On the International Line and on it's analysis of the agrarian revolutionary Perspective and military line it has outstanding Marxist-Leninist clarity. It has a most complete thesis of the relationship of the mass organisation with the proletarian party. It explains the distinct identity and the need to function democratically within the mass organisation and not impose party politics on the mass organisations. It also explains why theoretically armed Struggle and active boycott of election cannot be carried out in the present circumstances. A profound contribution of unity is not making the issue of whether 1969 formation of the CPI(ML) was correct or not. (It would be a matter to be decided only when the party was re-organised. Earlier this was a major controversy amongst revolutionary Groups) It is interesting that one of the components of this organisation the CPIML (CT) earlier insisted that the 1969 CPI(ML) led by Charu Mazumdar was the actual party.

In West Bengal the organisation made significant progress in capturing the unions working as fractions within the yellow unions. Working as fractions they did meticulous work in combating opportunist trends and building revolutionary circles. They gave emphasis on the linking of Trade Union Struggles of all sections of the workers. In Andhra Pradesh similarly it created significant Trade Union Solidarity movements in Bobbili region of Srikakulam. This is significant in the light of neglect of political mass work amongst the erstwhile CPI(ML) PWG on the labour front or in urban areas. It played an important role in guiding revolutionary mass work. It initiated the formation of revolutionary mass papers and strived to develop the correct practice in Trade Unions as against right opportunist and left sectarian practices. It initiated forming a revolutionary workers solidarity platform to co-ordinate workers struggles. One trade union Activist From Mumbai attended an Election programme in Punjab in January 1998 and thought he never witnessed such revolutionary democratic functioning. Similar views were awarded to the Malkangari Adivasi Movement by a team of Activists from Mumbai. In Mharashtra in Mumbai even if quantitatively small its forces played a major qualitative role in the development of important issue and programmes like that of the Tata Thermal plant workers’ protest started in 2003, airport workers’ struggles in basti areas near Mumbai airport from 1997, struggle of Mukund workers, protset against massacre in Laxmanpur bathe and upholding 50 years of the Chinese Revolution. No group had a clearer class-political content as the workers platform built by them and even if not so political and small in numbers it practised what it propogated with considerable consistency.

In Punjab for over 2 decades it has been the strongest group and implemented massline better than any other group. It has a strong mass base in the revolutionary mass movement of the landed peasantry leading a huge organisation of the poor peasantry. It also did significant work in bridging the gap between the landed and landless dalit agricultural labour. Heroic struggles were led combating corporates like Trident, getting compensation for suicide victims, and winning plots for landless dalits. Earlier in Orissa from 1995-2003 came many reports of the Adivasi Movement in Malkangiri revealing a greater mass revolutionary base and mass line practice from even the Maoist party.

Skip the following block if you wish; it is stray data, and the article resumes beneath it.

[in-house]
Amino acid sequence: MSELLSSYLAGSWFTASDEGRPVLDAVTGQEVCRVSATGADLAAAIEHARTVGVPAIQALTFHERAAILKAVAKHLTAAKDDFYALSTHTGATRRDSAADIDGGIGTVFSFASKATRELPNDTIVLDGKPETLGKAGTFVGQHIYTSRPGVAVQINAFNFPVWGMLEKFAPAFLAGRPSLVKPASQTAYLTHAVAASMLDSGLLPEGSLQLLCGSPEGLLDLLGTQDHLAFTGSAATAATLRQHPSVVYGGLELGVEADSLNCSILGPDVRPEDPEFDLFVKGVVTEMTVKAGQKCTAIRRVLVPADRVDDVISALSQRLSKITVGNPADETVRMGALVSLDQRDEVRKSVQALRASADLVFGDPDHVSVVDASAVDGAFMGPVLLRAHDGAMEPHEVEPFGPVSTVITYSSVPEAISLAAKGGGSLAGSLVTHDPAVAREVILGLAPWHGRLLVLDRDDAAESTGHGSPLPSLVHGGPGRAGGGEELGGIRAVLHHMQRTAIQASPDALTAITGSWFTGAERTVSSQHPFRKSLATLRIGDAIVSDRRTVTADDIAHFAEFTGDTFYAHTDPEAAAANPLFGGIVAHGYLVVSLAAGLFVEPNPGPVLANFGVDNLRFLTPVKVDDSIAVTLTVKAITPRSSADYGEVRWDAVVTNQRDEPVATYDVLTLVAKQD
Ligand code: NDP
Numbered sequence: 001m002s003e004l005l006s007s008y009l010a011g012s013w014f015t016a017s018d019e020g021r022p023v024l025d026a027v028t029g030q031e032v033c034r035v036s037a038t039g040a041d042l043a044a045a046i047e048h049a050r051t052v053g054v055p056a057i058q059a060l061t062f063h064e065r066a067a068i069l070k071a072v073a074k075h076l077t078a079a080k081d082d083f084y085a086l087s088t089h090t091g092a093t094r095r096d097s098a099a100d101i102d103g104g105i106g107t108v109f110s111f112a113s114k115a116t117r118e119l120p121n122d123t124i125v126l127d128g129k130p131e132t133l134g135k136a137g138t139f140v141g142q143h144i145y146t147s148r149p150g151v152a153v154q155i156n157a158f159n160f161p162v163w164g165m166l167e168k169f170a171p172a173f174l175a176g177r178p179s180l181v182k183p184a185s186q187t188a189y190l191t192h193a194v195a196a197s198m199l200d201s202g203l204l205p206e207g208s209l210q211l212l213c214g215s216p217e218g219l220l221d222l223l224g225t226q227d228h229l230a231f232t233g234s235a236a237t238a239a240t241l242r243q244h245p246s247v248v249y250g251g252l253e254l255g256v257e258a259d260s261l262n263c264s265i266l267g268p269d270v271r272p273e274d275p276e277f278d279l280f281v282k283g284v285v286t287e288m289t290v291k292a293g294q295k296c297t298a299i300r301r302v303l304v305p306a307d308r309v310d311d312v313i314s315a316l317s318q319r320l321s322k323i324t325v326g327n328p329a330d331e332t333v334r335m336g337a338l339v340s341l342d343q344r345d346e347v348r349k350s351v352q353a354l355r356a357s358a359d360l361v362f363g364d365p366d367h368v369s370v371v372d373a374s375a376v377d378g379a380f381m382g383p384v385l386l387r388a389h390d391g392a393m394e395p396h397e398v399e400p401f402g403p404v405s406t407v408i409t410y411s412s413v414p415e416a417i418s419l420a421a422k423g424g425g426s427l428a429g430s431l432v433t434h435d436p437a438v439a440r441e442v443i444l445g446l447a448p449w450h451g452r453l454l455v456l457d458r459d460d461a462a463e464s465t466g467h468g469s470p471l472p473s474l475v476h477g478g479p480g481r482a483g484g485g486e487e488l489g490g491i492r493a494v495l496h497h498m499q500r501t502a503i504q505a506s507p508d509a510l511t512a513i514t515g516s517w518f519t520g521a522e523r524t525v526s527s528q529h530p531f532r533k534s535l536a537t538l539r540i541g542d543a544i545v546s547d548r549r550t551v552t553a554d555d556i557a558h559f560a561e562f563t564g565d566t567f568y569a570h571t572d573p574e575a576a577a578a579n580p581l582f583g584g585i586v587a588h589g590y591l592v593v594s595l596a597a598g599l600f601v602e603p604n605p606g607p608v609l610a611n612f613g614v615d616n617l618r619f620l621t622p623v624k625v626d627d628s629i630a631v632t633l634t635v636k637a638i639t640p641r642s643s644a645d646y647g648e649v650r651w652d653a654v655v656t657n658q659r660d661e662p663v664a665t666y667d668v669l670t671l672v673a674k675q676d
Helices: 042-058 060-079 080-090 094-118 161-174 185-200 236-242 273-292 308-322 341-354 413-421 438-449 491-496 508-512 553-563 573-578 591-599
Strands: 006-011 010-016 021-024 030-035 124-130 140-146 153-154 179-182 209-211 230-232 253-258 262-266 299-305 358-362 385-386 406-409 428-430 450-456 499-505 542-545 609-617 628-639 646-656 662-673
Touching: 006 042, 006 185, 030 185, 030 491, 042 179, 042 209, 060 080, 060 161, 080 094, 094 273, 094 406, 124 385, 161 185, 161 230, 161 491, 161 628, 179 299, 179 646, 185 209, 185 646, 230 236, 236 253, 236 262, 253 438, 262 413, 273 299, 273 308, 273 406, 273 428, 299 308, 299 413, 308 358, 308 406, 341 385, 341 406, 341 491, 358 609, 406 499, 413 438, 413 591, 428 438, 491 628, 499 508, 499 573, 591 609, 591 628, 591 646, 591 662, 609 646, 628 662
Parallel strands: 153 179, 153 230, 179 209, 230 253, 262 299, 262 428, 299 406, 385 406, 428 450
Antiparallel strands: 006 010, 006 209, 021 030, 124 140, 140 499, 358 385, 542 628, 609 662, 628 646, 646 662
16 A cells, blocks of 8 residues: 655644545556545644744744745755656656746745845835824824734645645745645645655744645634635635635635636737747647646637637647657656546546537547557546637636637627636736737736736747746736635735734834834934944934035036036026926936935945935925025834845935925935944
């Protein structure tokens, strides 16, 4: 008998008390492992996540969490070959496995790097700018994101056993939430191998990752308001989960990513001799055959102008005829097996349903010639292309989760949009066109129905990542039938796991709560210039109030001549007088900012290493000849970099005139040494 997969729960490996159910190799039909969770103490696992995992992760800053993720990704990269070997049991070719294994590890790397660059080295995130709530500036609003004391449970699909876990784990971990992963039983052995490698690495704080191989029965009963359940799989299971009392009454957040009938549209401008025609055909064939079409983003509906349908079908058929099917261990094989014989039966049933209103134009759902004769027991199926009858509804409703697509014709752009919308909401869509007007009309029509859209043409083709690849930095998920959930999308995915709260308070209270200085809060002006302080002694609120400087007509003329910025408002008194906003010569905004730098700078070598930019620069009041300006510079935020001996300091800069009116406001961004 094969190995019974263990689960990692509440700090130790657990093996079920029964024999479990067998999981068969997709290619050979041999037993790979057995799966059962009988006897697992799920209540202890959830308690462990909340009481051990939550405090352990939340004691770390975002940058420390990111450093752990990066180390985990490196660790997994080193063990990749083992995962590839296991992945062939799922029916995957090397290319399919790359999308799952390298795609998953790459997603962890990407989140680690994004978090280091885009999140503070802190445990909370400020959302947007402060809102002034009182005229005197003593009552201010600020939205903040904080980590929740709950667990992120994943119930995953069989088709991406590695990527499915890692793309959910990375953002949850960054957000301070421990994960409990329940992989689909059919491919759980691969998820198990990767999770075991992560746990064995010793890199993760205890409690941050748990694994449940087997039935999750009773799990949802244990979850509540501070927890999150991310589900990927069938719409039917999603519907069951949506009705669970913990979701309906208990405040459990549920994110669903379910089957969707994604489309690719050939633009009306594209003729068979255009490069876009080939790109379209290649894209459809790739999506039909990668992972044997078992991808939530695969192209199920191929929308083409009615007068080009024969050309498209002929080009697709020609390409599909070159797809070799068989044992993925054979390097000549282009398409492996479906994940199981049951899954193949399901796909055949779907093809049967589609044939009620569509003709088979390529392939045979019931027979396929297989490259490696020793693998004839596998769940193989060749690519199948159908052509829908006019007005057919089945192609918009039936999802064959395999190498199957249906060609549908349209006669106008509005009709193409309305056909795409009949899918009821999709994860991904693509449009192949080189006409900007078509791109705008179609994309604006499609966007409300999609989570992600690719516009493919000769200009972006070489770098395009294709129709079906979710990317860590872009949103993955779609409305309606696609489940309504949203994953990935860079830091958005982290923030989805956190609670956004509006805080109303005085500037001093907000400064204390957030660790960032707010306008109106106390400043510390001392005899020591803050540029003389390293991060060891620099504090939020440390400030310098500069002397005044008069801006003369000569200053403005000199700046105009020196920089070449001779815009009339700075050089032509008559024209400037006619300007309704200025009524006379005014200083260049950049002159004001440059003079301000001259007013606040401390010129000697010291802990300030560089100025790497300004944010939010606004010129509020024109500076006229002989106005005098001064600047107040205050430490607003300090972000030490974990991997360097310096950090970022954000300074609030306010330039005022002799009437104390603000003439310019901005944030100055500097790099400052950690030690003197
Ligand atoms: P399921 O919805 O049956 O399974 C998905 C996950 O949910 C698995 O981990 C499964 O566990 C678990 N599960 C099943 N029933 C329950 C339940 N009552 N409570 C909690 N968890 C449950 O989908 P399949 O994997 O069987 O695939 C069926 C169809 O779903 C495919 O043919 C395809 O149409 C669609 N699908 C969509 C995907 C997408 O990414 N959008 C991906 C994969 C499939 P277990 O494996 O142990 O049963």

Avenues have been created for militant peasant struggles of landless labourers in pockets in the State of Punjab and for miltant district or statewide peasant struggles amongst the landed peasantry. A revolutionary alternative had been projected through the Party Organisation and the manner of projection (especially as projected by the Rajjeana Campaign and the Election campaign) displays strong theoretical correctness. In 1998 and 1999, 2004, 2008, 2012 and 2017 the Organisations under their guidance carried out election campaigns in Punjab which created a major impact where the tactics of active political campaign in contrast to Active Boycott or Participation were implemented. Other groups could hardly make any effect. The content of the party leaflet encouraged the party ranks and followers to distribute it wide for mass consumption. The wide range of issues were explained in simple language. The immediate practical alternative was projected in the leaflet so that people could easily grasp its contents.

In Orissa a mass line was developed in Malkangiri region higher than the Maoist party did. Major struggles in Padmagiri-Pandripeni resisting the cutting of bamboo tress by the politician-contractor nexus, opposing the building of HAMCO pipeline etc. were launched. Democratic revolutionary mass organisation functioning reached its highest level and so did armed resistance of Adivasis with conventional weapons. The work was far more effective than that of erstwhile People’s War group armed squads. It was one of the finest ever implementations of mass line in the post-naxalbari period. Every year a successful May Day rally is held in Balimela mobilsing around 7500-10000 adivasis. Currently all the district level conferences are being organised to prepare for the state level conference later this year. A mass revolutionary peasant uprising may not have taken place but there have been demonstrations of peasants in Orissa and Punjab defending their rights or offering mass resistance against enemy forces carrying traditional armed weapons. The election programmes by mass organisations and fronts influenced by the party line in Punjab in 1998, 1999, 2004, 2012 and 2017 were striking examples of creating a base for a mass revolutionary political movement, particularly among the peasantry.